Speculation that Lundin, a Canadian listed and Swedish controlled polymetallic miner, may be contemplating a voluntary exit from the Ozernoye, in the southeast Siberian region of Buryatia, was encouraged by a red-light paragraph in the company’s annual report for 2007, issued this past March. “The Company has initiated a review of whether evolving investment terms, license amendment progress, and local issues meet the Company’s criteria for ongoing involvement.”
On June 6, shortly before the company moved its headquarters from Vancouver to Toronto, a Toronto newspaper warned that “Lundin could sell Russian zinc mine.” On June 10, a Moscow newspaper reported more accurately – since there is no mine, only drilling, proving and feasibility works – that Lundin was considering the sale of its 49% interest in the project, while its 51% Russian partner, East Siberian Metals(MBC), a subsidiary of the Moscow-based Metropol investment group, is thinking of a new Russian partner. Metropol is controlled by Mikhail Slipenchuk. (more…)
In the middle of 17th century Paris, Savinien Cyrano de Bergerac (that’s the real one, not the 19th century stage character), wrote a fantasy about a voyage to the moon.
To get there, he describes several contrivances, in addition to his own. One, which reportedly delivered the biblical prophet Elijah, involved a large magnetic ball and an iron chariot. To propel the latter into the sky, and thence to the orbit of the moon, the prophet tossed the ball into the air, so that magnetic force would draw the chariot after it. He was obliged to keep catching and tossing to sustain the upward momentum. When it was within gravitational range of the moon, the magnetic ball was tossed downward, and then upward again, in order to break the speed of the chariot’s fall. (more…)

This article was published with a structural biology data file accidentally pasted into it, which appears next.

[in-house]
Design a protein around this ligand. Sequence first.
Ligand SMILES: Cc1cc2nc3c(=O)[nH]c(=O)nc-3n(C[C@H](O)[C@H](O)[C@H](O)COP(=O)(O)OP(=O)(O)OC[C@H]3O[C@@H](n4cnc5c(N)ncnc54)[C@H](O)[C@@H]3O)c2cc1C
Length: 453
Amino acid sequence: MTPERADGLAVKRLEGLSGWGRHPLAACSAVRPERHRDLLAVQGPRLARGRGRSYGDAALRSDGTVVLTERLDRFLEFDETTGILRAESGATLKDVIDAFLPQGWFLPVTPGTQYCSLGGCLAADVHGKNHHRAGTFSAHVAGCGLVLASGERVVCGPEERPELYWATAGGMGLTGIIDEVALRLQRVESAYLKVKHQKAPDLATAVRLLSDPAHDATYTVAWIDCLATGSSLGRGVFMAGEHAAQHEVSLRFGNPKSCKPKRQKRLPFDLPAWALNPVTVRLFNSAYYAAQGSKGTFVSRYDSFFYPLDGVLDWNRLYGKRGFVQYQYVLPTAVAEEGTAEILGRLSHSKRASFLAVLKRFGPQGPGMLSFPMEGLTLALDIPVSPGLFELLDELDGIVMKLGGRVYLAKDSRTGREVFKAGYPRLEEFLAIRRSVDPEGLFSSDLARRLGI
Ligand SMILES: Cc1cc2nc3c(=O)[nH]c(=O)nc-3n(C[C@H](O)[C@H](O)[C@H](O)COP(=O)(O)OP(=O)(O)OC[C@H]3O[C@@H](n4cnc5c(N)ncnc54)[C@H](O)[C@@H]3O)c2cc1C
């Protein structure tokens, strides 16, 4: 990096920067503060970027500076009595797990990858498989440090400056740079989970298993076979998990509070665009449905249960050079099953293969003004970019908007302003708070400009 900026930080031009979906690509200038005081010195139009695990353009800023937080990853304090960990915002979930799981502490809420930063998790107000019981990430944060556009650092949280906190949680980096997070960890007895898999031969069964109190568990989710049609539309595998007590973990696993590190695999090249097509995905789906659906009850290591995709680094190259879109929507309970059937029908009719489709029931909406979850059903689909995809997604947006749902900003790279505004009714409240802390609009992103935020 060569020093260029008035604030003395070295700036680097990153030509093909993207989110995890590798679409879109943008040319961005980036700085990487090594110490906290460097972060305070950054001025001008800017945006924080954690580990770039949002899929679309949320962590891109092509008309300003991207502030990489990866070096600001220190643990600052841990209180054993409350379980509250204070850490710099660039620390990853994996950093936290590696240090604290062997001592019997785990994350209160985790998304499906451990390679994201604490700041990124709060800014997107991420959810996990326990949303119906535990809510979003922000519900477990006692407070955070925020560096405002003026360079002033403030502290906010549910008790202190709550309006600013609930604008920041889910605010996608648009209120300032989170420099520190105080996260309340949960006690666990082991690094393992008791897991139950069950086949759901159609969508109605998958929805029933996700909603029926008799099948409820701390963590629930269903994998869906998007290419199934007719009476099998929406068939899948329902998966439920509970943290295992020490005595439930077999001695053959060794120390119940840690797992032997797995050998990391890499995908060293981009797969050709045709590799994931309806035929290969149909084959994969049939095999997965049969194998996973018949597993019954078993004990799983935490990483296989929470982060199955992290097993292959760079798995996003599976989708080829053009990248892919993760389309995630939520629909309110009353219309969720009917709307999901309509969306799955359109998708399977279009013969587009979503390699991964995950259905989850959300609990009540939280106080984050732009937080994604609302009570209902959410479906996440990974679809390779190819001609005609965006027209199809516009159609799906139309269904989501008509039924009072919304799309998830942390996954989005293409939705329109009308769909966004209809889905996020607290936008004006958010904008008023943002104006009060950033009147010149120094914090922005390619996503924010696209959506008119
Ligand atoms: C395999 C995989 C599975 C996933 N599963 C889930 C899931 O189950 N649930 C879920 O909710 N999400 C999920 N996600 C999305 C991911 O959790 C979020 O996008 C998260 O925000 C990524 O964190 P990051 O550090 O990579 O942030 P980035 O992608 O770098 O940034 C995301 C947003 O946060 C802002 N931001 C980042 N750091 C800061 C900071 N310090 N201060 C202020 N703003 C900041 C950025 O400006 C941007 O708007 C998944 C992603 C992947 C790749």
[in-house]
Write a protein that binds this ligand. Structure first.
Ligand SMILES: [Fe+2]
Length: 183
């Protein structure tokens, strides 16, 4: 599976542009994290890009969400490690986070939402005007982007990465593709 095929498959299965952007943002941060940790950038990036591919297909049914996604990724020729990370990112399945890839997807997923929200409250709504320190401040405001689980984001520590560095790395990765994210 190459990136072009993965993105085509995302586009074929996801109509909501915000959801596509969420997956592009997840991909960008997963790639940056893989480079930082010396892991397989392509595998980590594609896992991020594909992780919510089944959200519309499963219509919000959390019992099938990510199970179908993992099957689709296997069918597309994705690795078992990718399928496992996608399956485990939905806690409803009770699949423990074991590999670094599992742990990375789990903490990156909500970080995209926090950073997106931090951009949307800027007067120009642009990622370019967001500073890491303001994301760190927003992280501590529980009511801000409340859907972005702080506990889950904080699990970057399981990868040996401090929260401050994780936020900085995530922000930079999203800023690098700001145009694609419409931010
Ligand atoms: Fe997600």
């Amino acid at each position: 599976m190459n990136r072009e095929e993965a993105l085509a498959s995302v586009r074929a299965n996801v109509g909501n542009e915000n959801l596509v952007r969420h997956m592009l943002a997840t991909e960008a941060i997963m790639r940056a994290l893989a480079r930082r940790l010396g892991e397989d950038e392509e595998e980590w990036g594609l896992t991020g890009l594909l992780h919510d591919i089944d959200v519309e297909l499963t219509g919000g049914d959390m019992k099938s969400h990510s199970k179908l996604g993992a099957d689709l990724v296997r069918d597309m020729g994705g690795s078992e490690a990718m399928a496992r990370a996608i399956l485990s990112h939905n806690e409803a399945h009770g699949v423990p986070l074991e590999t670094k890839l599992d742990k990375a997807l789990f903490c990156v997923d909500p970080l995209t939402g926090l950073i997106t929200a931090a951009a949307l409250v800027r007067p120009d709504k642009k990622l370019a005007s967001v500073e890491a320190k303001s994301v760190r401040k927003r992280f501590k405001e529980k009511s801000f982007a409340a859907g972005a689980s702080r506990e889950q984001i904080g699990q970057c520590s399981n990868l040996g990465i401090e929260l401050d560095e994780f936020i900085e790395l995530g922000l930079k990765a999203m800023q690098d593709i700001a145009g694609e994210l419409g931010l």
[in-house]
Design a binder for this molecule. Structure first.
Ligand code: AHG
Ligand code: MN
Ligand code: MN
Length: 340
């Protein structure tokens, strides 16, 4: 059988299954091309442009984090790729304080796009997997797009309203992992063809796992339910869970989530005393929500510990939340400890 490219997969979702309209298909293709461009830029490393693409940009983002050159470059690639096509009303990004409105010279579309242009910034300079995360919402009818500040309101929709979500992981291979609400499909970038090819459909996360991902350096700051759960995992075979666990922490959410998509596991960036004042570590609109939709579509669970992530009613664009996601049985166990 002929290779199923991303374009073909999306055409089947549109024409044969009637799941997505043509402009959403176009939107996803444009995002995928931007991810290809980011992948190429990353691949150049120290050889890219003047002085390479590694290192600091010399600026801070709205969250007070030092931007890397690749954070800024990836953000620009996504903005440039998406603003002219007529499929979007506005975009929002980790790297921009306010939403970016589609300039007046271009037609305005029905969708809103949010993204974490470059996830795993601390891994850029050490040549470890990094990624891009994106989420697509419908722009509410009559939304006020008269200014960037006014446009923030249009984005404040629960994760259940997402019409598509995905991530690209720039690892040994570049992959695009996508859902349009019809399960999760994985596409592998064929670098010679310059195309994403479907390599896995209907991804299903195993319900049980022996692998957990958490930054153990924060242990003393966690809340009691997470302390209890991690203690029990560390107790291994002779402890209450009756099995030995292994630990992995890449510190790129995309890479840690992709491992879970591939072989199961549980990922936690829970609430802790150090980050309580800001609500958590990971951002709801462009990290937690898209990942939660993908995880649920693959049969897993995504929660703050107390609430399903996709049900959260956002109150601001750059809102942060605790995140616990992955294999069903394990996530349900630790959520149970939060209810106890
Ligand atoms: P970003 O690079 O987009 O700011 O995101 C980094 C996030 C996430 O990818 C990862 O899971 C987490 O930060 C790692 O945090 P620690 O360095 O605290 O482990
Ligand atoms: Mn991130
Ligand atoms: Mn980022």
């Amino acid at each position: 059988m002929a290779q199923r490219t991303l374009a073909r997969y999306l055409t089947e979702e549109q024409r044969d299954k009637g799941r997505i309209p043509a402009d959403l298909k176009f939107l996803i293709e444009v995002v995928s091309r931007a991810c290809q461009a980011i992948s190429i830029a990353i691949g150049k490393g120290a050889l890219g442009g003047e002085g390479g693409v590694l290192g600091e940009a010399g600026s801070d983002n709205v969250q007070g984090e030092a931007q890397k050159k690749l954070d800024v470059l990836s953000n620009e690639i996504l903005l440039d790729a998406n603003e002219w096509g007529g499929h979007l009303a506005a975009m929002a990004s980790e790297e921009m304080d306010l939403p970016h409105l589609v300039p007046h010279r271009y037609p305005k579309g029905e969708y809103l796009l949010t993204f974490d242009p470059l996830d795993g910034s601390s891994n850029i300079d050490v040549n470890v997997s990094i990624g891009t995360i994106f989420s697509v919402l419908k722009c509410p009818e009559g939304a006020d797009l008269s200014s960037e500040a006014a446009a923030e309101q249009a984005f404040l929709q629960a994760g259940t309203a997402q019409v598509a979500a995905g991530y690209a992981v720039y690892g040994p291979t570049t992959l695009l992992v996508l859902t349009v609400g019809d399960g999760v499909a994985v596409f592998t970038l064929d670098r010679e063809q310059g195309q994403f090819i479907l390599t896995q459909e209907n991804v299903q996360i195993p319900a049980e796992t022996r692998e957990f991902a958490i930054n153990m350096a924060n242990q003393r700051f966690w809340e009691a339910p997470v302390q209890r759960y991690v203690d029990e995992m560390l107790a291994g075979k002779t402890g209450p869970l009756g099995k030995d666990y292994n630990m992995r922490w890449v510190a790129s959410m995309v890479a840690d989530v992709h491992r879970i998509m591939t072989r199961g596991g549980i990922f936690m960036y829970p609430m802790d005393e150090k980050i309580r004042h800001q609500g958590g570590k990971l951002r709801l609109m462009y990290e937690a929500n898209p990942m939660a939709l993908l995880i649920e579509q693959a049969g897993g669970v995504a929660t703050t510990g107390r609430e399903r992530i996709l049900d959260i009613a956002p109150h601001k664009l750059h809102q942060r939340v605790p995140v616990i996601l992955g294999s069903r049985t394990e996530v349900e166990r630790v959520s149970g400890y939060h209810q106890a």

Russia’s Evraz steel group makes bid for Cape Lambert iron-ore.
Speculation that the Evraz group (EVR:RU), Russia’s largest steelmaker, is preparing a takeover bid for Cape Lambert Iron Ore Ltd (CFE:AU), the West Australian junior miner, drove the latter’s share price up by 9% in the first day of trading, and another 7.5% today.
Cape Lambert has issued a statement that its board has been meeting Evraz and Merrill Lynch in Singapore, following the disclosure that Evraz had bought a 16% stake in the company early in the week at a price of 73 Australian cents. The current share price is 86 cents, making for a market capitalization of A$324 million.
According to one of Cape Lambert’s directors, the Australians told Evraz and their bankers that for a takeover, they will require a 64% premium over Evraz’s initial acquisition price, or A$1.20 per share.
Evraz, with a market capitalization of $37.6 billion, traded up 2% on Thursday’s news, after falling almost 3% for the week, 8% on the month. (more…)
Russian steel and mining group faces government investigation after announcement of spinoff and IPO plan for coal-mining and ferroalloy units
The Mechel group (MTL:US, NYSE; MTLR:RU, RTS) — Russia’s leading specialty steelmaker and one of the leading producers of coking coal in the world — has lost 5% off its Moscow-listed share price on Thursday, following the public announcement two days earlier that it is under Russian government investigation for price-rigging and other anti-trust violations.
Russia’s Federal Anti-Monopoly Service (FAS) announced on July 15 that it has opened an inquiry into price-rigging and other anti-trust violations by the Mechel Group’s coal division. The move is the first ever taken by Russia’s anti-trust watchdog against coking coal suppliers to the Russian steel industry.
Mechel is very sensitive to signals from the federal government, as the steel division has been a takeover target for two years past. For the time being, Mechel is claiming it knows of no complaints from clients regarding its coking coal supply or price policy. The company spokesman has also announced that “we haven’t received any official documents about the case.” (more…)
Despite a brace of judicial rulings from the English courts against blackening reputations as a business tactic, United Company Rusal has reacted to the defeat of its candidates for the Norilsk Nickel board with this blistering ad hominem attack: